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Eur Ann Otorhinolaryngol Head Neck Dis. 2013 Sep;130(4):175-82. doi: 10.1016/j.anorl.2012.08.003. Epub 2013 Jul 9.

Cancer of the external auditory canal.

Author information

1
Service d'ORL et chirurgie cervico-faciale, CHRU de Tours, boulevard Tonnellé, 37044 Tours, France.
2
Service d'ORL et chirurgie cervico-faciale, CHRU de Tours, boulevard Tonnellé, 37044 Tours, France; Faculté de médecine, université François-Rabelais, 37000 Tours, France.
3
Service d'ORL et chirurgie cervico-faciale, CHRU de Tours, boulevard Tonnellé, 37044 Tours, France; Faculté de médecine, université François-Rabelais, 37000 Tours, France. Electronic address: bakhos_d@med.univ-tours.fr.

Abstract

INTRODUCTION:

Cancer of the external auditory canal is a rare tumour with an annual incidence of one per one million inhabitants. The objective of this study was to evaluate the 5-year overall survival and disease-free survival rates in a series of patients with carcinoma of the external auditory canal and to compare our results concerning the clinical presentation, management and survival with those of the literature.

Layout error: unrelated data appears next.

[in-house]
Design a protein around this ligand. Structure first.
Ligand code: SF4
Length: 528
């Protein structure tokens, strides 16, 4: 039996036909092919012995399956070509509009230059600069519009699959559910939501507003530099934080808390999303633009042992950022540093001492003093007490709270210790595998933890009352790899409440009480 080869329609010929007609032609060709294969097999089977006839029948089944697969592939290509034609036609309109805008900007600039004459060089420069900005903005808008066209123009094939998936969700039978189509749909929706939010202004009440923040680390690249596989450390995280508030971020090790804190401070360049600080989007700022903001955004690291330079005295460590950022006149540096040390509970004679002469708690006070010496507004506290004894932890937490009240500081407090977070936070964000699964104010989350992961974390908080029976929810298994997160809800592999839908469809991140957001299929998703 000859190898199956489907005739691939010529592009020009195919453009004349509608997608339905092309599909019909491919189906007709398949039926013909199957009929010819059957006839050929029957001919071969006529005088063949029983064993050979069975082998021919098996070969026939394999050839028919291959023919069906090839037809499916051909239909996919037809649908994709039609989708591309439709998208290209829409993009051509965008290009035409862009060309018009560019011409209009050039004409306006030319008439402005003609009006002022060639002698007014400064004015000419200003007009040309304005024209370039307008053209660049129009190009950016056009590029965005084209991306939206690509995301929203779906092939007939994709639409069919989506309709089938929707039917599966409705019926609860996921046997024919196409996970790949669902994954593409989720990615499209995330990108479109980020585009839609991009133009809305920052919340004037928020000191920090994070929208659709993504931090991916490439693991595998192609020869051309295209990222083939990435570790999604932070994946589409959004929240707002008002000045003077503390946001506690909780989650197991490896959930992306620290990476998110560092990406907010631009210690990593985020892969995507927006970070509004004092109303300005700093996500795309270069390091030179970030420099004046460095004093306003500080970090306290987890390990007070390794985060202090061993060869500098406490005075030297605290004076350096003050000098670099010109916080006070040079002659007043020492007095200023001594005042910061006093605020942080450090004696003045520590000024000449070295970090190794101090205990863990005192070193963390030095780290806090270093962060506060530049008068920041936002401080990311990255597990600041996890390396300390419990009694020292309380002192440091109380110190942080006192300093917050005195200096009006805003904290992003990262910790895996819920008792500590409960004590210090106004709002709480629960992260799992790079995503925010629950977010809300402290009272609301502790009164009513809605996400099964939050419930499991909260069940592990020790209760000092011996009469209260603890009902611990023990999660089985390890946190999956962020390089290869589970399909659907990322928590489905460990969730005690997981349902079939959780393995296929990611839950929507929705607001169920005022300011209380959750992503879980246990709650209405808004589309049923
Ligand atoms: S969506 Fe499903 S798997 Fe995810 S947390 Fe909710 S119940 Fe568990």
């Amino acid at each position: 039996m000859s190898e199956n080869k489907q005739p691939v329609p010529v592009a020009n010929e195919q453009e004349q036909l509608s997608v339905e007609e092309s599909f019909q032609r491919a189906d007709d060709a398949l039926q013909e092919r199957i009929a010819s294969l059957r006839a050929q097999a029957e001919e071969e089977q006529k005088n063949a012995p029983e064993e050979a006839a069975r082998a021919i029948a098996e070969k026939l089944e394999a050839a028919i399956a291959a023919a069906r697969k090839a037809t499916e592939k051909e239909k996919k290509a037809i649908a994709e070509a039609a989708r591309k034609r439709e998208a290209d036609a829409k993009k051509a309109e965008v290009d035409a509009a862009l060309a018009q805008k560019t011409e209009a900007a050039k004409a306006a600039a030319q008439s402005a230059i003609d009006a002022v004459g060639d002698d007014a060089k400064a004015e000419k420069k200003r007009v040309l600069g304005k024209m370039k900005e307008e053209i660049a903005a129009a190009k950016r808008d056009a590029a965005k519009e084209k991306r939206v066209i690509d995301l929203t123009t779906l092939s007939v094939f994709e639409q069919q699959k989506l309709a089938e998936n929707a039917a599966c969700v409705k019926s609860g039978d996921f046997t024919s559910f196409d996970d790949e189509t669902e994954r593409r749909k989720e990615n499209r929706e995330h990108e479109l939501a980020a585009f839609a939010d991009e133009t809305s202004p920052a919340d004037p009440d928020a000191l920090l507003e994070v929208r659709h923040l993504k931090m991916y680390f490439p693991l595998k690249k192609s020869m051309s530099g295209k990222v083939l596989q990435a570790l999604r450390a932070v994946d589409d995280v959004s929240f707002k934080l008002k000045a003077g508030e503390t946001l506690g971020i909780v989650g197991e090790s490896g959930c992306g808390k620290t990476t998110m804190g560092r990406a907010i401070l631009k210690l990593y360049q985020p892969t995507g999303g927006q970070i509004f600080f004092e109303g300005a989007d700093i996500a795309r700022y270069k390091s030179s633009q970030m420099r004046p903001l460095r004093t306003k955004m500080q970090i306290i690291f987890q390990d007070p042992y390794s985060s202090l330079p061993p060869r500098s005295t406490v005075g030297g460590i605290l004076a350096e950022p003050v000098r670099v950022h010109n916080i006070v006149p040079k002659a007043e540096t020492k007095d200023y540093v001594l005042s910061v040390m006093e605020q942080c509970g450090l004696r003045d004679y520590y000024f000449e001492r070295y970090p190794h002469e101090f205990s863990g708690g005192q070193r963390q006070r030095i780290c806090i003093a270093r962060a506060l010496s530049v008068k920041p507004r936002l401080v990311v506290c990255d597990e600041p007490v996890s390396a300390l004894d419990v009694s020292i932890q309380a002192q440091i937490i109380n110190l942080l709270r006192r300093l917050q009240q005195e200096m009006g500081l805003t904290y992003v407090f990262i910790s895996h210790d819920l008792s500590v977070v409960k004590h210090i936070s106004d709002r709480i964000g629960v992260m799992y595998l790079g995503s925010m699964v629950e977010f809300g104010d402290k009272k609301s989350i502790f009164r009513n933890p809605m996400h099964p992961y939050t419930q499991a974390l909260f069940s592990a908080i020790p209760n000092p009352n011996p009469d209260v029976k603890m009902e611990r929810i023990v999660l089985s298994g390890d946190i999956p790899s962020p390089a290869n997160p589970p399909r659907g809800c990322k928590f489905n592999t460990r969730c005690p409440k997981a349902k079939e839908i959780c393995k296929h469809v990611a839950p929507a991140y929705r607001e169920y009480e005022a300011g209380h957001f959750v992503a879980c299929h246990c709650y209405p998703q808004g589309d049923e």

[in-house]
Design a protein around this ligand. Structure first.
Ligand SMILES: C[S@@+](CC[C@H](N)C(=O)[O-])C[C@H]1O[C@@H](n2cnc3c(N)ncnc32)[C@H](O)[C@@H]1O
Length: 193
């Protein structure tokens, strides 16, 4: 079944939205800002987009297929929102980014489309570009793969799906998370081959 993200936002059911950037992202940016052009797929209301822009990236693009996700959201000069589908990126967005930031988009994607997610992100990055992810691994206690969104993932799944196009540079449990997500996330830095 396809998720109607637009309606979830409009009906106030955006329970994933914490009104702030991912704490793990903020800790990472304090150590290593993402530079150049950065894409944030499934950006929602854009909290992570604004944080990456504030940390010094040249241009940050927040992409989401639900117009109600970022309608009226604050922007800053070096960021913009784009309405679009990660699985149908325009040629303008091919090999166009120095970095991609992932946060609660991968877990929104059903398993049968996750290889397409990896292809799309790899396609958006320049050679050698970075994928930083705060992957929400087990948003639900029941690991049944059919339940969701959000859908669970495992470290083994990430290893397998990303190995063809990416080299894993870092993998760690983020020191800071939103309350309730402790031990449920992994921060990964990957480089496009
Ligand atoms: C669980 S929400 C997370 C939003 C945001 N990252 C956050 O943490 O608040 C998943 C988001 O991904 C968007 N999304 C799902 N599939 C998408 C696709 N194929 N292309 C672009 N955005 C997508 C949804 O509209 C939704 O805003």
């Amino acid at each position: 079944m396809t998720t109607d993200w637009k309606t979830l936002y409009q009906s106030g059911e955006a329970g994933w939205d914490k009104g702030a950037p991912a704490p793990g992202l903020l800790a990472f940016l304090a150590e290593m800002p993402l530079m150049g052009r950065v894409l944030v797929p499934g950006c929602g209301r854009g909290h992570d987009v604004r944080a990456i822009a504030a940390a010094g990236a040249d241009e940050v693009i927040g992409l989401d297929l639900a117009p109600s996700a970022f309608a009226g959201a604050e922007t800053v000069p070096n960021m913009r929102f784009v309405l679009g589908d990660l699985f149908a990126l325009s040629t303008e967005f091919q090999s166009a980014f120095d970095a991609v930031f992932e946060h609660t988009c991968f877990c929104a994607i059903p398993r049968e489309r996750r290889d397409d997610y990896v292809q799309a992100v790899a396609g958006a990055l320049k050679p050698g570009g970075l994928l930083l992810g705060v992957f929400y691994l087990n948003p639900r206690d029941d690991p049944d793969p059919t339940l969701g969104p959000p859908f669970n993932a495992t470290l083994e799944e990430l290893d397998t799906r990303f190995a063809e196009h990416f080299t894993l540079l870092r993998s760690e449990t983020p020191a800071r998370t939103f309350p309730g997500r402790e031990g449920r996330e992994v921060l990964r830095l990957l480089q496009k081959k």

PATIENTS AND METHOD:

Ten patients were included in this retrospective, single-centre study over a 20-year period. Data concerning age, symptoms, imaging, TNM stage according to the Pittsburgh classification, histology, management, sequelae, recurrences and survival were recorded.

RESULTS:

The mean age of the patients of this series was 60.7 years. Seven patients had a squamous cell carcinoma. The other histological types were undifferentiated carcinoma, adenoid cystic carcinoma and neuroendocrine carcinoma. Staging was based on the Pittsburgh classification with one stage I, one stage III and eight stage IV tumours. Five-year overall survival rates were 100%, 50% and 0%, respectively. The mean 5-year overall survival rate was 35% and the mean 5-year disease-free survival rate was 24%.

CONCLUSION:

Carcinoma of the external auditory canal is a difficult diagnosis when the tumour does not present as a fungating mass protruding from the external auditory canal. The Pittsburgh classification was used for TNM staging of these tumours, allowing comparison of our results with those of the literature. The clinical findings and survival rates observed in this study are comparable to those reported in the literature. These tumours are associated with a poor prognosis on the basis of our results and published data.

KEYWORDS:

External auditory canal; Radiotherapy; Squamous cell carcinoma; Surgery

PMID:
23845289
DOI:
10.1016/j.anorl.2012.08.003
[Indexed for MEDLINE]
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